Photo by Sean O’Kane / The Verge Another company in the electric vehicle industry is going public by merging with a so-called SPAC, or special purpose acquisition company. This time, it’s EVgo, one of the leading providers of electric vehicle charging stations in the US. The deal is expected to bring in $575 million for EVgo. When it closes, EVgo will become a publicly-traded company on the New York Stock Exchange. In something of a poetic twist, the investment fund that’s merging with EVgo to take it public is one started by climate investor David Crane. Crane was once the CEO of energy company NRG, which helped start EVgo a decade ago. Roughly $175 million of the proceeds will come from Crane’s SPAC (called Climate Change Crisis Real Impact I Acquisition... Continue reading…
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Within moments of President Joe Biden’s inauguration, China Mobile, China Telecom, and China Unicom sent in requests for their shares to be reinstated to the New York Stock Exchange.
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Going public this year will provide Grab with the resources it needs to battle for dominance in Southeast Asia.
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It’s the time to shine for Indonesia’s Stock Exchange, and Deliveroo seals its series H
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Treasury Department clarifies advice with a brief FAQ The New York Stock Exchange (NYSE) has said it will de-list China's three largest telecommunications companies – China Mobile, China Unicom, and China Telecom – after all, having received updated guidance from US regulators.…
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The top finance stories for January 7, including the latest news on Trumid nabbing a top electronic trading executive from UBS.
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The NYSE said Wednesday it will stick to its original plans to delist three Chinese telecom companies after an earlier reversal of the decision.
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A trio of Chinese telecom names are set to be de-listed from the NYSE on January 11, in a final salvo of Trump's "tough on China" policy.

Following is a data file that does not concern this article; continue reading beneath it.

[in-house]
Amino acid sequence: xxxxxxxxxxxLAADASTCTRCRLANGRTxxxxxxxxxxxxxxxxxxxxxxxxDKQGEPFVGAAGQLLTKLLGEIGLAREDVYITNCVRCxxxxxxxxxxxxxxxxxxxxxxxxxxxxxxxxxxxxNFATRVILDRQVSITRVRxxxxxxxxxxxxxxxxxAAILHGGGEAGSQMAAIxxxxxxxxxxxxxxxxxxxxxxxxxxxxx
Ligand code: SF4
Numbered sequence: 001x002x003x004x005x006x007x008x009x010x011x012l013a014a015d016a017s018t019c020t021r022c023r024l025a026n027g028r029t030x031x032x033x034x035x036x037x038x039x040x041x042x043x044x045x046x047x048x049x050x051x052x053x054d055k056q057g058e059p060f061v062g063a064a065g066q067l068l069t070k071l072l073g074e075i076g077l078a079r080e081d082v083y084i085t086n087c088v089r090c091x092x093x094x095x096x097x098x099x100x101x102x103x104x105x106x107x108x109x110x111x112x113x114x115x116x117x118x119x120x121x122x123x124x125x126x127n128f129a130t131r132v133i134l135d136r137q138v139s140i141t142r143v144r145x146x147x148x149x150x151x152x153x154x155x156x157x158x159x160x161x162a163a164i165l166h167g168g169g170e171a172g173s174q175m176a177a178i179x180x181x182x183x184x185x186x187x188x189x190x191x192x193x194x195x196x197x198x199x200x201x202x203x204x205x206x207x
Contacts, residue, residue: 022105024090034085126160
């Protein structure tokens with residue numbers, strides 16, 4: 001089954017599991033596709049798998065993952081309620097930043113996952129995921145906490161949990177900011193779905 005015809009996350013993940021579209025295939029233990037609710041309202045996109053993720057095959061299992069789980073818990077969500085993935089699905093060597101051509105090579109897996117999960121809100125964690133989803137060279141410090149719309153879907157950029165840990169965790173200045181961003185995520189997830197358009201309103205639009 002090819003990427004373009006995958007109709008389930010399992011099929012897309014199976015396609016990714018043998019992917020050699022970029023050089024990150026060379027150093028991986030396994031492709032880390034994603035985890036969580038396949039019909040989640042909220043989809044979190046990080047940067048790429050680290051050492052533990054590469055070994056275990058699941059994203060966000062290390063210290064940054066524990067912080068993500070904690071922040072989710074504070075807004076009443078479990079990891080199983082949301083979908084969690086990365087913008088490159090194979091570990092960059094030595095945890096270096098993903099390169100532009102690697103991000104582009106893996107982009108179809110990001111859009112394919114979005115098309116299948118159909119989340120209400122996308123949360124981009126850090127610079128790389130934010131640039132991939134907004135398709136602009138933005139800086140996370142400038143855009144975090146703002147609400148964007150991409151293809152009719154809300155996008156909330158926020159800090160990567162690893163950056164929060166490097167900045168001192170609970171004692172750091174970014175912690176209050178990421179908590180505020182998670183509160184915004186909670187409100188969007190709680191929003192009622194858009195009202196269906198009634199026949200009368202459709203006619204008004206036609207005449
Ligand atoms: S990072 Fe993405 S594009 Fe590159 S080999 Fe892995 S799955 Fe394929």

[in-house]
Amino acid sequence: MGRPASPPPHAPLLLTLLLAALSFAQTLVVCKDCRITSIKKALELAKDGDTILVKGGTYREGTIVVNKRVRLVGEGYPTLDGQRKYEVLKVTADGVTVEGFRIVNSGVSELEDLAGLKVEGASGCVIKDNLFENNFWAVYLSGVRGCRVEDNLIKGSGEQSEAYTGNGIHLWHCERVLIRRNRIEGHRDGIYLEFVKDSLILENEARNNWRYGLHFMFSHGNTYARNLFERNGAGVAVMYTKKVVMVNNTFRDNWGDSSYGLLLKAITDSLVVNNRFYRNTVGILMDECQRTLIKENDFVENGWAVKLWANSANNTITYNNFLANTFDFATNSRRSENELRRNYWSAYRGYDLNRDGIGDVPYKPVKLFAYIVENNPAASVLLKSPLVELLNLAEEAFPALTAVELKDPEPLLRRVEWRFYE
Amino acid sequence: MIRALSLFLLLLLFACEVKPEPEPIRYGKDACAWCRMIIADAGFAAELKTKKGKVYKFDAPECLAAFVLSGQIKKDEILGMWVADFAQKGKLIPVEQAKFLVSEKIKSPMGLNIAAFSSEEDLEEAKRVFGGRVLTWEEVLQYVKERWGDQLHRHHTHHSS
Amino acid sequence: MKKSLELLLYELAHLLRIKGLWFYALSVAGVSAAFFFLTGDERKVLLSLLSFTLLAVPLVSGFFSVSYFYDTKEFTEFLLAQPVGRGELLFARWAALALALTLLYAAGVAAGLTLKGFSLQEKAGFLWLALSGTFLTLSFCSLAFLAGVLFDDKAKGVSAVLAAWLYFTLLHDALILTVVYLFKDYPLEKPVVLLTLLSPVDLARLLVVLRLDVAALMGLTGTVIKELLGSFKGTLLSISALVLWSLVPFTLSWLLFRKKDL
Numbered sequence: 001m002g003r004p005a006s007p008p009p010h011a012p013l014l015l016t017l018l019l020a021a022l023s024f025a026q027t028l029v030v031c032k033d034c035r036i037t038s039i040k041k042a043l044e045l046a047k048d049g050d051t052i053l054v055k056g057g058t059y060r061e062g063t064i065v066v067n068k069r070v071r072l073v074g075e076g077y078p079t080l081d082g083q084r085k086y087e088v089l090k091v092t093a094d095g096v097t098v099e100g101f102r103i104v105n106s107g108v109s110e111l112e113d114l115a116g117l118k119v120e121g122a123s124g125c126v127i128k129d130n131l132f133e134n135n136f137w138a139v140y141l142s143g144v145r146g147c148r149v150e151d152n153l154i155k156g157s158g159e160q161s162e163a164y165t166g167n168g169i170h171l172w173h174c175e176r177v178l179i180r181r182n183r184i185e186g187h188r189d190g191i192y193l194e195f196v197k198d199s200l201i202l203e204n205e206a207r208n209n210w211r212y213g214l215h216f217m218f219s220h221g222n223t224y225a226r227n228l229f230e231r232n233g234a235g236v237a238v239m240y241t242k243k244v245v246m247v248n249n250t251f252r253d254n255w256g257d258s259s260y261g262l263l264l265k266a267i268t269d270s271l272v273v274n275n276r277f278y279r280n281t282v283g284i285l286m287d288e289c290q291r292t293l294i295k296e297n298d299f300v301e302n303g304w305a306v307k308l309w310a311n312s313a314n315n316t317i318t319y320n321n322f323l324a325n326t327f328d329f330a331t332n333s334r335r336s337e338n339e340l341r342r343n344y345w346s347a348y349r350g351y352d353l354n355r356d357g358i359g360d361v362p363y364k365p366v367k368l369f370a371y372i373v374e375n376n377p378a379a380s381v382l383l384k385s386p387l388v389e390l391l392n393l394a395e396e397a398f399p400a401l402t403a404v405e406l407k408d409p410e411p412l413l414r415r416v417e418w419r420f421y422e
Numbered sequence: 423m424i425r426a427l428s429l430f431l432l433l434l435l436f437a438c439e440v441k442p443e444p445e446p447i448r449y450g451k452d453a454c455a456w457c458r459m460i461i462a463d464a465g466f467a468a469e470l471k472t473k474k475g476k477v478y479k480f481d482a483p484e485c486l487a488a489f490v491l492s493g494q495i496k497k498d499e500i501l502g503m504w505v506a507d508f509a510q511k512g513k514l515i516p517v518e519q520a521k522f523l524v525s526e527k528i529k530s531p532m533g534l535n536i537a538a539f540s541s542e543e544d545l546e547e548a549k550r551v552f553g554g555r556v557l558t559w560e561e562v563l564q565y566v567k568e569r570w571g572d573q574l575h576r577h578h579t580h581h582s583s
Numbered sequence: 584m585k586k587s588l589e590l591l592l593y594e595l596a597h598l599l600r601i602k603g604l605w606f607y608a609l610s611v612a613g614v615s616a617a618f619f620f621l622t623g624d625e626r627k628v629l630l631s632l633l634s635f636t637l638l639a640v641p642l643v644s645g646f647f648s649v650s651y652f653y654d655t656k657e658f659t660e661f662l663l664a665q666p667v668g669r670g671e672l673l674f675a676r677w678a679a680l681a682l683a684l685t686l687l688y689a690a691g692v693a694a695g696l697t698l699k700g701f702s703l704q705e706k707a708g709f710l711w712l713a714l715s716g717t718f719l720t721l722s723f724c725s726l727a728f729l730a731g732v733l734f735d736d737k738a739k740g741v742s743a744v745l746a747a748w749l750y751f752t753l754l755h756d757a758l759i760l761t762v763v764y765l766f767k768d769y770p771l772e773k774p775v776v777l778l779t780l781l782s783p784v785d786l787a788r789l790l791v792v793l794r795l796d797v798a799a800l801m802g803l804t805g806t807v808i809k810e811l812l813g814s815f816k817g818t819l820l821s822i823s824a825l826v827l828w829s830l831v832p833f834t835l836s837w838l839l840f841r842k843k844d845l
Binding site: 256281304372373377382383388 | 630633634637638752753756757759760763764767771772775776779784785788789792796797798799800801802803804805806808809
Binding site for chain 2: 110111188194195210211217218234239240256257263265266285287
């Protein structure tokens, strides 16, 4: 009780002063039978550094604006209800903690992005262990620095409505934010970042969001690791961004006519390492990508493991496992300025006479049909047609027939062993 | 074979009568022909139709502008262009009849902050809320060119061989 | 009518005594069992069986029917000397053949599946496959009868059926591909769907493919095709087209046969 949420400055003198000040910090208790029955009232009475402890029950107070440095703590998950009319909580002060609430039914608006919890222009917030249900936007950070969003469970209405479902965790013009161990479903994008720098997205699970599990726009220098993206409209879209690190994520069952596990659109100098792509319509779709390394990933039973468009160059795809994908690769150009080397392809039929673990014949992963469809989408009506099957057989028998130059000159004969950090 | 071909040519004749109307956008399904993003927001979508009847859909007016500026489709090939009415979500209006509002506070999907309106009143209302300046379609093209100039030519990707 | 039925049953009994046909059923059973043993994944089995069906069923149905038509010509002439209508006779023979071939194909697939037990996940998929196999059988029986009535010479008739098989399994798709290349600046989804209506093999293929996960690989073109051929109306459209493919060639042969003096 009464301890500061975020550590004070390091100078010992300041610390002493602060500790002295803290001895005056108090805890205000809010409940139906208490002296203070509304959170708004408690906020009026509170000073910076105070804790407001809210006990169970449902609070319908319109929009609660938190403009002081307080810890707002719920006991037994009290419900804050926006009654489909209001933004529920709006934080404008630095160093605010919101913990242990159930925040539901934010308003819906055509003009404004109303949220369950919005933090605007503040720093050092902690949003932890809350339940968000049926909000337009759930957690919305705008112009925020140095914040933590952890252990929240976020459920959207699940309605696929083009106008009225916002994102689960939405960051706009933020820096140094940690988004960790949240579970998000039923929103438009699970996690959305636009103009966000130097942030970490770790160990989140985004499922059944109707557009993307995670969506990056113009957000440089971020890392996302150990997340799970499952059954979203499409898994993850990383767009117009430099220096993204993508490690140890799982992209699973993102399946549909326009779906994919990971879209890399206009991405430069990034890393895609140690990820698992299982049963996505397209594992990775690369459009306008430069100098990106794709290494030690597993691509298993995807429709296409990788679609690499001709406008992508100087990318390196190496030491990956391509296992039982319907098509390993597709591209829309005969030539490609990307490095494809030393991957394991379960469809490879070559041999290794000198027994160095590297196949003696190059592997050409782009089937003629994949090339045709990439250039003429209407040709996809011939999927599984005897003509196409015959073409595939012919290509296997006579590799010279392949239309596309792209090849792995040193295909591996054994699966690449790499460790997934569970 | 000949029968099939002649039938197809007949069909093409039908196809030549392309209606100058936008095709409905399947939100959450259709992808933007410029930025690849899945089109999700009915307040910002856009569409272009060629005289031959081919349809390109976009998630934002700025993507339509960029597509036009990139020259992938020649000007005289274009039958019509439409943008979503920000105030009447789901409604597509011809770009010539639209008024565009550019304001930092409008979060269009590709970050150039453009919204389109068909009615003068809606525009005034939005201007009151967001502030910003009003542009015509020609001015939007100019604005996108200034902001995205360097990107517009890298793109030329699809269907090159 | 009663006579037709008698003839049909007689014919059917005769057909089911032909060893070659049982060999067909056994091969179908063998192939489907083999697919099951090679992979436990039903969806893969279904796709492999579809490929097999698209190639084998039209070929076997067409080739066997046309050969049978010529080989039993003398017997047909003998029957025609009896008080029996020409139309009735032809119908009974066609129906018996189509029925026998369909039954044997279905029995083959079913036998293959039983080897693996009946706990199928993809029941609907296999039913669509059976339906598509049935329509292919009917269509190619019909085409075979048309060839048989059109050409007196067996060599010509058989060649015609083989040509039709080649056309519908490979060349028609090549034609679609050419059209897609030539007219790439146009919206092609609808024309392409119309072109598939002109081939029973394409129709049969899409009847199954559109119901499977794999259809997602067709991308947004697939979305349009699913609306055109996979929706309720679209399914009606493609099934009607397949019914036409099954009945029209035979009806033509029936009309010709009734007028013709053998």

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The top finance stories for January 6, including the latest news on the lack of diversity on boards for some of the biggest unicorns.
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The New York Stock Exchange (NYSE) no longer plans to comply with a Trump administration order to delist Chinese telecoms groups. NYSE began proceedings to delist China Mobile, China Unicom, and China Telecom last week after the order signed by President Trump in November. The order is designed to prevent transactions in securities “designed to... Read more » The post New York Stock Exchange backtracks on plan to delist Chinese telcos appeared first on Telecoms Tech News.
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The New York Stock Exchange reversed its decision to delist China Mobile, China Telecom, and China Unicom before it becomes effective.
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Women are founding companies, but they aren't reaching the same scale as men. Women need to found more Fortune 500 companies to reach gender equality.
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The announcement was a shock u-turn on a decision it had made just days before to delist China Mobile, China Telecom Corp, and China Unicom Hong Kong.
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The New York Stock Exchange said on Monday it no longer plans to delist China’s three major telecom companies, reversing a decision made last week.
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FCA and PSA will combine forces to create Stellantis, and it's all set to close later this month.
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The New York Stock Exchange has been compelled to delist the stocks of China Mobile, China Telecom and China Unicom.
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Three state-owned telco shares dropped even as China tries to downplay the impact of the New York Stock Exchange’s delisting decision.
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The New York Stock Exchange has started delisting securities of 3 Chinese telecom companies.The move came after President Donald Trump barred US investments in Chinese firms Washington says are owned or controlled by the military.The move by the NYSE will limit US investor access, follows global index providers MSCI Inc, S Dow Jones Indices, FTSE Russell, and Nasdaq deleting various Chinese companies from their indexes.a former White House official, Roger Robinson said it’s the latest step, but at least an awakening to national security and human rights-related risk.NYSE said, “The issuers, China Telecom Corporation Limited, China Mobile Limited 0941.HK, and China Unicom (Hong Kong) Limited, were no longer suitable for listing as the order prohibits any transactions in securities designed to provide investment exposure to such securities, of any Communist Chinese military company, by any United States person”.
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As China launches Alibaba antitrust probe, warns Tencent, and the clock keeps TikTok-ing for Oracle The Register’s writers and readers may have taken a few days off, but the US/China trade war rumbled on regardless. So let’s get caught up, shall we?…
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China accused the Trump administration of attempting to suppress foreign companies, as the NYSE moved to delist three Chinese firms.
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